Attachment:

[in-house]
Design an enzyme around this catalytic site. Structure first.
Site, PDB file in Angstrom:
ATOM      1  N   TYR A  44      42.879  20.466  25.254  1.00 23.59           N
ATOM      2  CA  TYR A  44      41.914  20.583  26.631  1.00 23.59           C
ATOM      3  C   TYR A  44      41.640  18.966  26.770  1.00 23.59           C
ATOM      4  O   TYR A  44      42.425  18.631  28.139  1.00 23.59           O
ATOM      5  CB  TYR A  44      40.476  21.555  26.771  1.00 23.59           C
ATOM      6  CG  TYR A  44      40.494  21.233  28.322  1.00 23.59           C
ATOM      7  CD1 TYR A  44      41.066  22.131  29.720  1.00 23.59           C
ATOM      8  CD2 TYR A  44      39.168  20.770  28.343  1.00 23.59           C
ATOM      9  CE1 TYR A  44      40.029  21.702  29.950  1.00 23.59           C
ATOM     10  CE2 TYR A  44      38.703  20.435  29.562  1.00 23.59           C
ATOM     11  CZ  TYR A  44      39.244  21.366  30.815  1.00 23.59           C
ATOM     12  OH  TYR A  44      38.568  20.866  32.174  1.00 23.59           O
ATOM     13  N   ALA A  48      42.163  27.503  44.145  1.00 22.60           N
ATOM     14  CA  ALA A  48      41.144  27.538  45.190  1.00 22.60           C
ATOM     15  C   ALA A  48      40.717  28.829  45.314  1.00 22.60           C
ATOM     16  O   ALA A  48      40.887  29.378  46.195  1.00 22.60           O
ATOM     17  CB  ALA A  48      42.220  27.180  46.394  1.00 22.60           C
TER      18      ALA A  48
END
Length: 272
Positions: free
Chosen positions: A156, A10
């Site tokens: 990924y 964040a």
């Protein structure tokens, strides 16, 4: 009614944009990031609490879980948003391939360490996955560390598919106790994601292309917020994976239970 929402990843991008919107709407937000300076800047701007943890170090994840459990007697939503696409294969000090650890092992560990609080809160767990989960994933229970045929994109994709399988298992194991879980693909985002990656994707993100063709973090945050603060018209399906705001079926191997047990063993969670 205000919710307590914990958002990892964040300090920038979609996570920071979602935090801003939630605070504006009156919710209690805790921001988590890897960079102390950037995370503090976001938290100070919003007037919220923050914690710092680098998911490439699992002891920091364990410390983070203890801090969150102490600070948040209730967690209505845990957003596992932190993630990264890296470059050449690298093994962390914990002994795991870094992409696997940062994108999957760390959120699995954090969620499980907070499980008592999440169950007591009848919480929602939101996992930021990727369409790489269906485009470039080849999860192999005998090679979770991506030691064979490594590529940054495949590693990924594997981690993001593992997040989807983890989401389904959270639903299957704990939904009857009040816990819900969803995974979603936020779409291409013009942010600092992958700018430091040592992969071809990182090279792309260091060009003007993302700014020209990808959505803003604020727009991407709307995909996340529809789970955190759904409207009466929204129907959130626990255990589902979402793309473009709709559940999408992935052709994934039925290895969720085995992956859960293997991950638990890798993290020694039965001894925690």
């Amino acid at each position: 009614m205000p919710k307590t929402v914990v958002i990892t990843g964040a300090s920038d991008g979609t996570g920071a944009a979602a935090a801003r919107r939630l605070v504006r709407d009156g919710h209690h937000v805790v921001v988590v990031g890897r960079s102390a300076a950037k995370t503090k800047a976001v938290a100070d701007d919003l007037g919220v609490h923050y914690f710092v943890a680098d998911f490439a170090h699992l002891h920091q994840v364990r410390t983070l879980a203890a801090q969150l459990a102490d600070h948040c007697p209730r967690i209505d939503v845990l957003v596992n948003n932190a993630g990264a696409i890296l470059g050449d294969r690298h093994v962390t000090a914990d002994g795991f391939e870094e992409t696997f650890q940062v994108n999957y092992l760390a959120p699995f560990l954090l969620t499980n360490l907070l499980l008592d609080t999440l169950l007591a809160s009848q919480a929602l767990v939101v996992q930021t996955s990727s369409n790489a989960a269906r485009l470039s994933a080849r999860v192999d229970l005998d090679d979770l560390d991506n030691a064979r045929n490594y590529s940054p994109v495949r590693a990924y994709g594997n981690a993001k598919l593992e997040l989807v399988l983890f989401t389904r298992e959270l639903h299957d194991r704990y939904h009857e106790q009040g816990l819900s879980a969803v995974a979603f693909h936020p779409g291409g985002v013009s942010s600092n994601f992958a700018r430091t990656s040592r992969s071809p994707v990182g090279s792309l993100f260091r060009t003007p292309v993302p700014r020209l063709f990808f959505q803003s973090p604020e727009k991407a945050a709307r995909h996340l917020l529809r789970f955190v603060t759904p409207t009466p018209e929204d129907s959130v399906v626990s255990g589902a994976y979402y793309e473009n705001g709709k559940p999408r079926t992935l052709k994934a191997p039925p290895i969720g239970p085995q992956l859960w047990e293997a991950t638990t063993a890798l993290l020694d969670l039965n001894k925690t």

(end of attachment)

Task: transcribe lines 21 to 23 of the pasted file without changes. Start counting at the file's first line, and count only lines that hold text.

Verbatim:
TER      18      ALA A  48
END
Length: 272